Broca used post mortems to investigate the location of speech productionin the brain. One of his first patients were names 'Tan' at his unablility to speak any other word than 'tan.'  

Through an autopsy, Broca discovered that Tan had a lesion in the left cerebral hemiphere caused by syphilis. This area became known as Broca's area and damage to this section can lead to Broca's aphasia.

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EEG (Electroncephalogram)


EEG is a non-invasive measurement of electrical activity of the brain by recording from electrodes placed on the individual's scalp. 

Represents an electrical signal from a large number of neurons within the brain and the voltage differences between different parts of the brain is recorded. 

The filtered signal is then displayed on a computer screen, which is monitored.

Neuroscientists and psychiatrists use EEGs to study brain function by recording brain activity in humans and non-humans during various lab experiments.

EEG patterns recorded during sleep sessions, which are usually conducted in a specialised sleep lab, have contributed significatly to theories of sleep behaviour.

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(CAT) Computerised axial tomography


Where a narrow X ray beam is sent through the patient's head and the amount of radition absorbed is measured. These measurements can be made on hundreds of different axes through the head. 

These measurments are then fed into a computer, where a cross-section of the brain can be photographed or displayed on a screen. CAT scans are useful for evaluating the amount of swelling due to tissue damage, or assessment of the size of the ventricles (fluid-filled gaps) located deep within the brain.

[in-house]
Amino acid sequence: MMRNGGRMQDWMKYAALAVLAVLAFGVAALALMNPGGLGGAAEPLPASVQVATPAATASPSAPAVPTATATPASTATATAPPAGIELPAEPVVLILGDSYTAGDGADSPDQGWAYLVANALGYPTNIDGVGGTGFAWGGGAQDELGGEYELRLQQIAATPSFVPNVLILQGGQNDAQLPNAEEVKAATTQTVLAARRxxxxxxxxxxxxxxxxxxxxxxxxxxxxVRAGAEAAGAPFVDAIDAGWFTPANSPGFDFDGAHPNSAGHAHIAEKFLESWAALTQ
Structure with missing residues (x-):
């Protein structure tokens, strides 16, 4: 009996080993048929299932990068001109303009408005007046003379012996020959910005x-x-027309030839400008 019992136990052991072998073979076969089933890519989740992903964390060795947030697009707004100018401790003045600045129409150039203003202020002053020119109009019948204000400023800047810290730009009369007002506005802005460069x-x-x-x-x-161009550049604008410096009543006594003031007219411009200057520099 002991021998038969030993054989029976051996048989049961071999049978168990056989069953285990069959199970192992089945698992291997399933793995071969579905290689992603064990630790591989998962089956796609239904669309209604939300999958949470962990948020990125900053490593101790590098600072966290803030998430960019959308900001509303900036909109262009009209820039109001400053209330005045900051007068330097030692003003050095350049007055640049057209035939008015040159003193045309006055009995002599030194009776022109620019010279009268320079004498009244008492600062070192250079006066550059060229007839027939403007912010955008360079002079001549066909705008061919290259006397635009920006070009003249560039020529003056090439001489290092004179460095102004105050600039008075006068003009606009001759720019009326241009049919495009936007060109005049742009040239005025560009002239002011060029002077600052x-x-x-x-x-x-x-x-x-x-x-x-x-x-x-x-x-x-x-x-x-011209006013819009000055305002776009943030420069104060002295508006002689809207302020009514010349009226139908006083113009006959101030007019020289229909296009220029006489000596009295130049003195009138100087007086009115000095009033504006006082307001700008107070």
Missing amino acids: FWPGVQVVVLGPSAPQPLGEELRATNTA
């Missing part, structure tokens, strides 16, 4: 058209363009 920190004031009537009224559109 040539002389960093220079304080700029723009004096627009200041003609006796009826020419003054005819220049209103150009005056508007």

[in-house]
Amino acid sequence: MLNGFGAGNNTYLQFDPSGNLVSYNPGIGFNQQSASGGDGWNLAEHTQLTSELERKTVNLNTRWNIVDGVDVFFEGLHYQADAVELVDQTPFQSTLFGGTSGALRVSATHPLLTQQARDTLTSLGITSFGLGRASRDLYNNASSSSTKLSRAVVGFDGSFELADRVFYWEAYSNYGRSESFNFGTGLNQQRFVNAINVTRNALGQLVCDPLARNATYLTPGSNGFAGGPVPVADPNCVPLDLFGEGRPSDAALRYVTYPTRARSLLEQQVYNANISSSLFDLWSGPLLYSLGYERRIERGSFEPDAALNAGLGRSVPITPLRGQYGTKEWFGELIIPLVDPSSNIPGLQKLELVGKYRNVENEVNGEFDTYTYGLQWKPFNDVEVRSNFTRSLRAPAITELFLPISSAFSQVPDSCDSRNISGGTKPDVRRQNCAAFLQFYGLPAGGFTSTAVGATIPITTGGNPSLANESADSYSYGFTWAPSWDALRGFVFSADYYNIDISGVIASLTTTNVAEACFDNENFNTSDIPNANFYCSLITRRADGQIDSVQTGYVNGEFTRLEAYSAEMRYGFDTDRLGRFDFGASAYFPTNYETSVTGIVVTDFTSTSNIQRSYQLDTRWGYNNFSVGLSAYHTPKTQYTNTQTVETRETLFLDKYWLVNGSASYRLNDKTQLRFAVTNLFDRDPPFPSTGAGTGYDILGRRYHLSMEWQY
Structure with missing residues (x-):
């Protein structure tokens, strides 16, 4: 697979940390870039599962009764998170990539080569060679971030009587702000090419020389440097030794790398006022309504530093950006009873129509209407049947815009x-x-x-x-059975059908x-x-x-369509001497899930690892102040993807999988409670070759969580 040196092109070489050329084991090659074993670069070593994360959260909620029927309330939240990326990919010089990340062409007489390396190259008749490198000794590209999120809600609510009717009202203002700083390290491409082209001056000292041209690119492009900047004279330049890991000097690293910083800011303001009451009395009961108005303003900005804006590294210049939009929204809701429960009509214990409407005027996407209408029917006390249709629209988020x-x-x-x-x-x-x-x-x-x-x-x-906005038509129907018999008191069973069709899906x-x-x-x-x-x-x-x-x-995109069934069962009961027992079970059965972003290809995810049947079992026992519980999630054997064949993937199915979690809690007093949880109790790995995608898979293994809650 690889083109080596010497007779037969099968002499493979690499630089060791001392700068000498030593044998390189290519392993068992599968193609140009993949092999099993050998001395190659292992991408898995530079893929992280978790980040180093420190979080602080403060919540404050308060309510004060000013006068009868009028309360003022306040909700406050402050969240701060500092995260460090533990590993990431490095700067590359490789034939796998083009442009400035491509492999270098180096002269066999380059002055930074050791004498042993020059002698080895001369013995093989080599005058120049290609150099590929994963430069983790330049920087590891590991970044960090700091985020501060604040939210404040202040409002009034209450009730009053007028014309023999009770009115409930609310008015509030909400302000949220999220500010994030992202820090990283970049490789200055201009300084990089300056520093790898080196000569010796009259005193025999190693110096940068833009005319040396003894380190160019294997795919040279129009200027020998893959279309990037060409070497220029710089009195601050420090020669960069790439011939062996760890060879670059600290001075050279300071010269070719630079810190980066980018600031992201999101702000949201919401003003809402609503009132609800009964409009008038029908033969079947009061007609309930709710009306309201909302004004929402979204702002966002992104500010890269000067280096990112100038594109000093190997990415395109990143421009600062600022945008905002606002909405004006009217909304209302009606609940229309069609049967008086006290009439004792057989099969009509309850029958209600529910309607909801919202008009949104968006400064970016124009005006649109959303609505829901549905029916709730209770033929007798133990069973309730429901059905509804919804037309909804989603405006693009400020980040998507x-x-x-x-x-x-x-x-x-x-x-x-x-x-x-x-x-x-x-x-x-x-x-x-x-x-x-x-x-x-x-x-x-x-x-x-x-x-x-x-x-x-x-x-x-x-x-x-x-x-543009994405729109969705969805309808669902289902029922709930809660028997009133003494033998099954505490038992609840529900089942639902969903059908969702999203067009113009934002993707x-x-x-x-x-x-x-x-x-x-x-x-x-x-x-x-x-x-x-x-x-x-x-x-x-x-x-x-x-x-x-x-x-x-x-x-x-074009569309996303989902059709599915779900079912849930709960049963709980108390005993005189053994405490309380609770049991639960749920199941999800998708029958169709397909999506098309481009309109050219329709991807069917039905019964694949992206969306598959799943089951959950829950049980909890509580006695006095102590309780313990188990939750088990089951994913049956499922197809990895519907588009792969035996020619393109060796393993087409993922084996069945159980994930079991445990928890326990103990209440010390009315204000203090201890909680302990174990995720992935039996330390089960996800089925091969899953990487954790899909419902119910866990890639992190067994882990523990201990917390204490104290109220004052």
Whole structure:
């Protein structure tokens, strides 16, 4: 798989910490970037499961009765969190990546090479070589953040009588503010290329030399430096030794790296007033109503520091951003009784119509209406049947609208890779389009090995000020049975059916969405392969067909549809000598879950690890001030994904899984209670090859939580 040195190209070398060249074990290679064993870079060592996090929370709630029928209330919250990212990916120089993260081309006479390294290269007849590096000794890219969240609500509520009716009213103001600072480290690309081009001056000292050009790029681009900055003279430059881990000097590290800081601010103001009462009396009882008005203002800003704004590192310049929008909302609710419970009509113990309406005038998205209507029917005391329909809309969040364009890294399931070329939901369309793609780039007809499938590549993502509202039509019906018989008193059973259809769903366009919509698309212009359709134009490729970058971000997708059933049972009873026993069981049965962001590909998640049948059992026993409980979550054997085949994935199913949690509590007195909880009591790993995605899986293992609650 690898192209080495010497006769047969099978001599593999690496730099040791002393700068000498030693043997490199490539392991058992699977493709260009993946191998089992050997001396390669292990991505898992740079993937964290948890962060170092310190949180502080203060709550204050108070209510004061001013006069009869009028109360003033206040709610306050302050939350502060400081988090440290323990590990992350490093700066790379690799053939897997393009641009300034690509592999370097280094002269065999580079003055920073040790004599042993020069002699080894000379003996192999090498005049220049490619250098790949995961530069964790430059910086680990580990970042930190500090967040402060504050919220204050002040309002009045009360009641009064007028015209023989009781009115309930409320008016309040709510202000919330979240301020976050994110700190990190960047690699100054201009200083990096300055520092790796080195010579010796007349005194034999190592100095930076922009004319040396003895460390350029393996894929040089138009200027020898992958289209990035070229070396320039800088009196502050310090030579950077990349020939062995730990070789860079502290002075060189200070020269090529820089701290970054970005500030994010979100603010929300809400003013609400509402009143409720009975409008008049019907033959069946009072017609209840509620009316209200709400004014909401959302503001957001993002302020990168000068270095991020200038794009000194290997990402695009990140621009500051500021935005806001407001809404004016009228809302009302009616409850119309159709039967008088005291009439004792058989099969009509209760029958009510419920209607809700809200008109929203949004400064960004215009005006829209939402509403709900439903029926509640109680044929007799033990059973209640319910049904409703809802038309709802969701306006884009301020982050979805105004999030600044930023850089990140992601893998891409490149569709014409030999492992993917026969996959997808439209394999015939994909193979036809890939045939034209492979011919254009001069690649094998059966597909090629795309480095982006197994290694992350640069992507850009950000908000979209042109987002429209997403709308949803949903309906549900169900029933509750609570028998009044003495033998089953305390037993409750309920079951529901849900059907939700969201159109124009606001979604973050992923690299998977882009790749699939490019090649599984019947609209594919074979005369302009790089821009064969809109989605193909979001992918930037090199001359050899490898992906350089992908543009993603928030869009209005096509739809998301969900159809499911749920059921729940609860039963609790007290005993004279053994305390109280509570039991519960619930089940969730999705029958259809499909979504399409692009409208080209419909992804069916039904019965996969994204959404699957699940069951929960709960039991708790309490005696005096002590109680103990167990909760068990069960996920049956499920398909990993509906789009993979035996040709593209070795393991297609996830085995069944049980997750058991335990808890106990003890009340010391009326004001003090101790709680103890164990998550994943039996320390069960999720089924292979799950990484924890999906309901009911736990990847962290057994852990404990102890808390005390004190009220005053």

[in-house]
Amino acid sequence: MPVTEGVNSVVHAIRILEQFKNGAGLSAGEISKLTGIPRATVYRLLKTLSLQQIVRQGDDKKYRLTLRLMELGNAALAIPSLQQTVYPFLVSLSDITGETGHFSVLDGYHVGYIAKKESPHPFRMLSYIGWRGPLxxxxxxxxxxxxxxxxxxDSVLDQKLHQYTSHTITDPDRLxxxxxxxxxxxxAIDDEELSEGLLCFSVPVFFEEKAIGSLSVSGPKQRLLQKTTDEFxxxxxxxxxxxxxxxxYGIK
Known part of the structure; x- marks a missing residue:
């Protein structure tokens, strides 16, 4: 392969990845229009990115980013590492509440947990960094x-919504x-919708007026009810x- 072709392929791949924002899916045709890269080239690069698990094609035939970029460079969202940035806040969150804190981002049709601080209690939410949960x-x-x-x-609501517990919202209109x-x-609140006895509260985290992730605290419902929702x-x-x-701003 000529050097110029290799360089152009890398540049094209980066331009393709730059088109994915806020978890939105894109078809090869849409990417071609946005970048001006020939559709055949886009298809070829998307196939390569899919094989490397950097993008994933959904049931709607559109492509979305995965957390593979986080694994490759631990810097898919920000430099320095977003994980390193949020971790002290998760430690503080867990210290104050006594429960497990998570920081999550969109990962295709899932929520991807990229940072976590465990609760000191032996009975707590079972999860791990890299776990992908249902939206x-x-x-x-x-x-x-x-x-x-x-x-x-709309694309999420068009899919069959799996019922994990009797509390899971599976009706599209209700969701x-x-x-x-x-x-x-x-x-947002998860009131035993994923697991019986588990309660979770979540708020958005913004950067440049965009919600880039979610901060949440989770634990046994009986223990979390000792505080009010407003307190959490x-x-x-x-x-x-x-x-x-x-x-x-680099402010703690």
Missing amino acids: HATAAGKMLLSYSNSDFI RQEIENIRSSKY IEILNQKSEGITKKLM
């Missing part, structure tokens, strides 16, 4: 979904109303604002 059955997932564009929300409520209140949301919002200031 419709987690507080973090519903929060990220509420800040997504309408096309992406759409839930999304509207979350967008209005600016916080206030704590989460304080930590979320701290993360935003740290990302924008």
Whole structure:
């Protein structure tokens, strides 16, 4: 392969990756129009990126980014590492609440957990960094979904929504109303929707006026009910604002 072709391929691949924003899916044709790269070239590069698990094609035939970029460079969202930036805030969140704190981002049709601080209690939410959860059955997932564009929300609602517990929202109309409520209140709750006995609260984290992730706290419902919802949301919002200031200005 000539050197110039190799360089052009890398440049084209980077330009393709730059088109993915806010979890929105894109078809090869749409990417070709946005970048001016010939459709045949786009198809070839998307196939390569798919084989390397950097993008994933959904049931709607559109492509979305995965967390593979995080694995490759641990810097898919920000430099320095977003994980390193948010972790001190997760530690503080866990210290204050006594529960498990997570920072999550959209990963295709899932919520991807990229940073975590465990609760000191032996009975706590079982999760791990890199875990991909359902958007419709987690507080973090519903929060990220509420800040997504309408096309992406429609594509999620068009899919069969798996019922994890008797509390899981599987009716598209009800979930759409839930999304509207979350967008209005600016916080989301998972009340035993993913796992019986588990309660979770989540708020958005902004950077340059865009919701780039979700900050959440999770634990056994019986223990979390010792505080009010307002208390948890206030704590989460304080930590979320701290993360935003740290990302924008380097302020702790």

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(PET) Positron emission tomography


A procedure whereby different levels of neural activity are assessed whilst the brain is active. A small amount of radioactive glucose is injected into the person's bloodstream and, after a few minutes, the brain begins to use the radioactive gulcose in the same way it uses glucose, providing the brain with energy.

The PET scan then detects and measures the amount of radioactivity emitted when individuals are asked to perform task such as solving problems.

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(MRI) Magnetic Resonance Imaging


Scanners use strong magnetic fields and radio waves to produce a high quality image of an individual's brain. During the procedure, the individual lies in a tunnel surrounded by a large magnet which produces a strong magnetic field.